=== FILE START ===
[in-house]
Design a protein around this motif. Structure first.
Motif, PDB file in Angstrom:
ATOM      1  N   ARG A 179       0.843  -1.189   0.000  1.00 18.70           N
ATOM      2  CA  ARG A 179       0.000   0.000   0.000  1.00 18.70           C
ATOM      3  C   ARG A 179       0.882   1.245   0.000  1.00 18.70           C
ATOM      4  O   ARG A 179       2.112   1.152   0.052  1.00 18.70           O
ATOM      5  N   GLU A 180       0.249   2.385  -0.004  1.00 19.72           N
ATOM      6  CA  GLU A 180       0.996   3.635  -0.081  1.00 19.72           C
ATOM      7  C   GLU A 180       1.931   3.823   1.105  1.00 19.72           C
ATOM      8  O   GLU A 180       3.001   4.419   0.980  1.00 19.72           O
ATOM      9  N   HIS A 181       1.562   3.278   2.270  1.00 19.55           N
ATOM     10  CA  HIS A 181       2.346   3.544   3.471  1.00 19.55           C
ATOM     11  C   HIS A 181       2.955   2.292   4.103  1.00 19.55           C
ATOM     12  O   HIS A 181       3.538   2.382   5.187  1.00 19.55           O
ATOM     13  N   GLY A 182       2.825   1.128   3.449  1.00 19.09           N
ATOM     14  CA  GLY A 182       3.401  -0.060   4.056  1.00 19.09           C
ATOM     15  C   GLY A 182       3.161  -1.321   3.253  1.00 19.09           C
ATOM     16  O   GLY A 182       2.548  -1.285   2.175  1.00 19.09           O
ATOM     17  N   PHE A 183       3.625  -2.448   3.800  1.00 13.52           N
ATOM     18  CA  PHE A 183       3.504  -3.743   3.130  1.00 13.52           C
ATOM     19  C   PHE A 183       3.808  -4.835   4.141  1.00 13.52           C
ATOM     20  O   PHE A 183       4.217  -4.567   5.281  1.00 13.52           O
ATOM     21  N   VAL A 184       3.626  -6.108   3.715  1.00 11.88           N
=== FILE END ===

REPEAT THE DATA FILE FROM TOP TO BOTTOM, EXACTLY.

[in-house]
Design a protein around this motif. Structure first.
Motif, PDB file in Angstrom:
ATOM      1  N   ARG A 179       0.843  -1.189   0.000  1.00 18.70           N
ATOM      2  CA  ARG A 179       0.000   0.000   0.000  1.00 18.70           C
ATOM      3  C   ARG A 179       0.882   1.245   0.000  1.00 18.70           C
ATOM      4  O   ARG A 179       2.112   1.152   0.052  1.00 18.70           O
ATOM      5  N   GLU A 180       0.249   2.385  -0.004  1.00 19.72           N
ATOM      6  CA  GLU A 180       0.996   3.635  -0.081  1.00 19.72           C
ATOM      7  C   GLU A 180       1.931   3.823   1.105  1.00 19.72           C
ATOM      8  O   GLU A 180       3.001   4.419   0.980  1.00 19.72           O
ATOM      9  N   HIS A 181       1.562   3.278   2.270  1.00 19.55           N
ATOM     10  CA  HIS A 181       2.346   3.544   3.471  1.00 19.55           C
ATOM     11  C   HIS A 181       2.955   2.292   4.103  1.00 19.55           C
ATOM     12  O   HIS A 181       3.538   2.382   5.187  1.00 19.55           O
ATOM     13  N   GLY A 182       2.825   1.128   3.449  1.00 19.09           N
ATOM     14  CA  GLY A 182       3.401  -0.060   4.056  1.00 19.09           C
ATOM     15  C   GLY A 182       3.161  -1.321   3.253  1.00 19.09           C
ATOM     16  O   GLY A 182       2.548  -1.285   2.175  1.00 19.09           O
ATOM     17  N   PHE A 183       3.625  -2.448   3.800  1.00 13.52           N
ATOM     18  CA  PHE A 183       3.504  -3.743   3.130  1.00 13.52           C
ATOM     19  C   PHE A 183       3.808  -4.835   4.141  1.00 13.52           C
ATOM     20  O   PHE A 183       4.217  -4.567   5.281  1.00 13.52           O
ATOM     21  N   VAL A 184       3.626  -6.108   3.715  1.00 11.88           N